Common Writer Mistakes is a new series I’m starting where I talk through some common mistakes that I see writers (even myself) make. It may not be one that you specifically do, but this is more to make you aware of them.
If you have any ideas of how to avoid some that I didn’t bring up, leave a comment below!
#1 — Using multiple adjectives
“The house on the hill was old, broken, and abandoned. I always passed it on my way home. It stared back at me with its empty, death-glaring, sick eyes.”
Adjectives help, but too much of them can feel like a burden. With so many, it can sound more like a bumpy road on a Louisiana highway than anything else.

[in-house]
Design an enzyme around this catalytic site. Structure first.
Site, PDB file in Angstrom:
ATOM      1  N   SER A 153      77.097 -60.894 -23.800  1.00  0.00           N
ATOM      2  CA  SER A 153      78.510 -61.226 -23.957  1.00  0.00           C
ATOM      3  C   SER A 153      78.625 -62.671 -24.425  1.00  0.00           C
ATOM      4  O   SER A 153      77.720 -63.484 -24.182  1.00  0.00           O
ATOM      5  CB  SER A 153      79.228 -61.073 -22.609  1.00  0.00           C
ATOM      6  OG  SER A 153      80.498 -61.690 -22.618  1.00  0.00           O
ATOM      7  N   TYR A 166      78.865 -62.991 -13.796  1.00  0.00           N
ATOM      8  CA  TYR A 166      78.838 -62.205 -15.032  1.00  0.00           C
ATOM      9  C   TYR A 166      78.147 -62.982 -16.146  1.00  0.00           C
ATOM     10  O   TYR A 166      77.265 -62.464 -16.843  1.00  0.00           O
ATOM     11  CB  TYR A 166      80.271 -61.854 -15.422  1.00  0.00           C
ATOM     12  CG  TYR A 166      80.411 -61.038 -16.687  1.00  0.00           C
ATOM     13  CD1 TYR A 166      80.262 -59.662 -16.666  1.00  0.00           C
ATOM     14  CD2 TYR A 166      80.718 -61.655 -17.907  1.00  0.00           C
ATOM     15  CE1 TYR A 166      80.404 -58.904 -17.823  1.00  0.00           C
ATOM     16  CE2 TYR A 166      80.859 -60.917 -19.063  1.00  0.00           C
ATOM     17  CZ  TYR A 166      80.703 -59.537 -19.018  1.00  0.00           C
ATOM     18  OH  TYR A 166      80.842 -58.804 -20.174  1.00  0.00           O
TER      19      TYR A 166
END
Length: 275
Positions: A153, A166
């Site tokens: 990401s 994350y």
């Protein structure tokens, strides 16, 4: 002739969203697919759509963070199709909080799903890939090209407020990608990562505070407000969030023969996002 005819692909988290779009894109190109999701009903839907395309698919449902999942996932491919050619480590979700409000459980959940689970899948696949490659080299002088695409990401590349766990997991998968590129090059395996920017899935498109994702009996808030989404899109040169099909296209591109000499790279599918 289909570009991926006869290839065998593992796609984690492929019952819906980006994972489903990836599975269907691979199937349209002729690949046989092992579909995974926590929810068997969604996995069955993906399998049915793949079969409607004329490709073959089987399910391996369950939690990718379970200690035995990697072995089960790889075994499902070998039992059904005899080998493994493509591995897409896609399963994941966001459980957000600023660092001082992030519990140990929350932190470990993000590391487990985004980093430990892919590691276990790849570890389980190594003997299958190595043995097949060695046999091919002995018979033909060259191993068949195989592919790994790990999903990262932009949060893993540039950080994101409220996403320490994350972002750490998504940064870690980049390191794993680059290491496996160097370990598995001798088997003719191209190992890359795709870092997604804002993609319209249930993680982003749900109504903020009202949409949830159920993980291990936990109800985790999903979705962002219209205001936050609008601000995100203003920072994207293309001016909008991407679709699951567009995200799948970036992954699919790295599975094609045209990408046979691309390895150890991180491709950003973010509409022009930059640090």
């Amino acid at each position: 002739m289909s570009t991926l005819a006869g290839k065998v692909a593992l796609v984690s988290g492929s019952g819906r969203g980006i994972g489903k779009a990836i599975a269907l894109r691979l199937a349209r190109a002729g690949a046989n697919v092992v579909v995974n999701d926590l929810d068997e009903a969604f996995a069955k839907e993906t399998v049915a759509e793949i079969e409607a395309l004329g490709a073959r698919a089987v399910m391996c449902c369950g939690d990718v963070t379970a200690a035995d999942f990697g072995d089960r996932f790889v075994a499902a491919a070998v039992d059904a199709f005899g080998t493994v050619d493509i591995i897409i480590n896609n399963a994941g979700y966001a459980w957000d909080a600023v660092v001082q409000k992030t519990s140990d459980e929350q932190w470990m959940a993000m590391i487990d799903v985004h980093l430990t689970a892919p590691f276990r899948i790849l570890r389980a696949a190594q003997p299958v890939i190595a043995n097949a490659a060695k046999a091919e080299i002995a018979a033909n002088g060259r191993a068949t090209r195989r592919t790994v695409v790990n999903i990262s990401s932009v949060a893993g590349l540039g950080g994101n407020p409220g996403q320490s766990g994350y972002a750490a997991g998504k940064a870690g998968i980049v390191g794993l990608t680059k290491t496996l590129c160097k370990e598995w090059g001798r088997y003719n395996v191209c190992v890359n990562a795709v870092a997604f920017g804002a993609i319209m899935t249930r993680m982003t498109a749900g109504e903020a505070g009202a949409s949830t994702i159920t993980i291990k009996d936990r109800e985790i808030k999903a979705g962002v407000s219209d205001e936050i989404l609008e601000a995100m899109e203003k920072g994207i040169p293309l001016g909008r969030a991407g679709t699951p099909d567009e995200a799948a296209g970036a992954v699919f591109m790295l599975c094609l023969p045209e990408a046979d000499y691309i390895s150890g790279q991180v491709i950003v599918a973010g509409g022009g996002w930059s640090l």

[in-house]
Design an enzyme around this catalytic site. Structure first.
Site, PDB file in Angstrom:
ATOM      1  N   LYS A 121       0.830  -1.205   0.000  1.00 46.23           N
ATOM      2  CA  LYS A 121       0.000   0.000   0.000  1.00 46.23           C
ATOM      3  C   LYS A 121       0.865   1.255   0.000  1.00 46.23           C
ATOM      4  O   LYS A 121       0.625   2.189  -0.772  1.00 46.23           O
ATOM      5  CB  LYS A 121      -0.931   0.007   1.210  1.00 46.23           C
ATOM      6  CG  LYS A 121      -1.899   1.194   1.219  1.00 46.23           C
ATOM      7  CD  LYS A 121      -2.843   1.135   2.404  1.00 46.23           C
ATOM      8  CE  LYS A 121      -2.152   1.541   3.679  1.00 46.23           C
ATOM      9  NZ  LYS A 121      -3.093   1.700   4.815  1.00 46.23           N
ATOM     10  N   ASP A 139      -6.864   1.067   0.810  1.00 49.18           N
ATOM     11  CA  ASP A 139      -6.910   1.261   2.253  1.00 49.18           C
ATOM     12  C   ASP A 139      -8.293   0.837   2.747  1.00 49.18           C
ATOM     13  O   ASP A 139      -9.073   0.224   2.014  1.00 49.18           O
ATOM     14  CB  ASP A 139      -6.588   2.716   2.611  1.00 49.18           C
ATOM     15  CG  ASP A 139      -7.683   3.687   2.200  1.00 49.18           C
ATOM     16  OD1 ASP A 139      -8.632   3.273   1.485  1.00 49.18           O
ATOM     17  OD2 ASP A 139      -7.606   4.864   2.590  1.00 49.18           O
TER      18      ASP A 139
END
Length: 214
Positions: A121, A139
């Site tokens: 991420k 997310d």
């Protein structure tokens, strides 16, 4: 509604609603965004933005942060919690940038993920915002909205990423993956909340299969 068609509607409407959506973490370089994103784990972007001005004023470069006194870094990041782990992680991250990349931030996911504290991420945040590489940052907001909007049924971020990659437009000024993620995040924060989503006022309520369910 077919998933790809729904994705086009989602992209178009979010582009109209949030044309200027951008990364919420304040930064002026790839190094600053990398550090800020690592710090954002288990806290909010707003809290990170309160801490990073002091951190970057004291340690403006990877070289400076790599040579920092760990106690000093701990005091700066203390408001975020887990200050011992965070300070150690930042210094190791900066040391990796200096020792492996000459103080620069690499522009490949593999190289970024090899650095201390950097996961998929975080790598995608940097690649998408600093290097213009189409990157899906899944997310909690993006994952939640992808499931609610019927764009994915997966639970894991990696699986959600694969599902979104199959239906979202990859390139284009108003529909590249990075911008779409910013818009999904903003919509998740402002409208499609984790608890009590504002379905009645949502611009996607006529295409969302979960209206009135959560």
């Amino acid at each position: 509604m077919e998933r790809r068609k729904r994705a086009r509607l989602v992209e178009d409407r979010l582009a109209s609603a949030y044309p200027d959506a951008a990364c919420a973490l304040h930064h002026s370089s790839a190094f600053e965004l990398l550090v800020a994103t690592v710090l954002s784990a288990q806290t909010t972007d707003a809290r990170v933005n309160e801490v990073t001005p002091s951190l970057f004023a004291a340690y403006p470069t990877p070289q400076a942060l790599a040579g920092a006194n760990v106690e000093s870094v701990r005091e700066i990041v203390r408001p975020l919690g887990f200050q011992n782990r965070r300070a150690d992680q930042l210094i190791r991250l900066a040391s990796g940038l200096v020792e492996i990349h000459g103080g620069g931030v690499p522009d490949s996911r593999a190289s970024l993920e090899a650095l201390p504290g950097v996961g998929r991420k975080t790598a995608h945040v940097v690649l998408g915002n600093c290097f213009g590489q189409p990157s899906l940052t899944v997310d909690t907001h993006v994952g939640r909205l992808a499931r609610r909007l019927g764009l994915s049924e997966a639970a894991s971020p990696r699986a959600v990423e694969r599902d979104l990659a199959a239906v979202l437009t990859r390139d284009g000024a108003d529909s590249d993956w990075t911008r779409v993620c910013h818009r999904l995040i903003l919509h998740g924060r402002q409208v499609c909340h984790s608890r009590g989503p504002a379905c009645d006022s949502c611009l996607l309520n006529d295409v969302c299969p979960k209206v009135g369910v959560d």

I’m not saying you can’t stack them up. You can! But stacking them back to back can drag the pace down, especially if they have similar meanings.
When editing, pay attention to adjectives. Make sure they’re adding to the story instead of making it a bumpy ride.
Also, check to see if they all say something different. “Round” and “edgeless” is about the same thing. Mix it up!
A quick way to tell if they are adding up is to read your story out loud. Even if you locked yourself in the basement, turned on a noise maker, and whispered, hearing your words out loud will point to any inconsistencies. It helps see your story in a new light.
I hope this helps!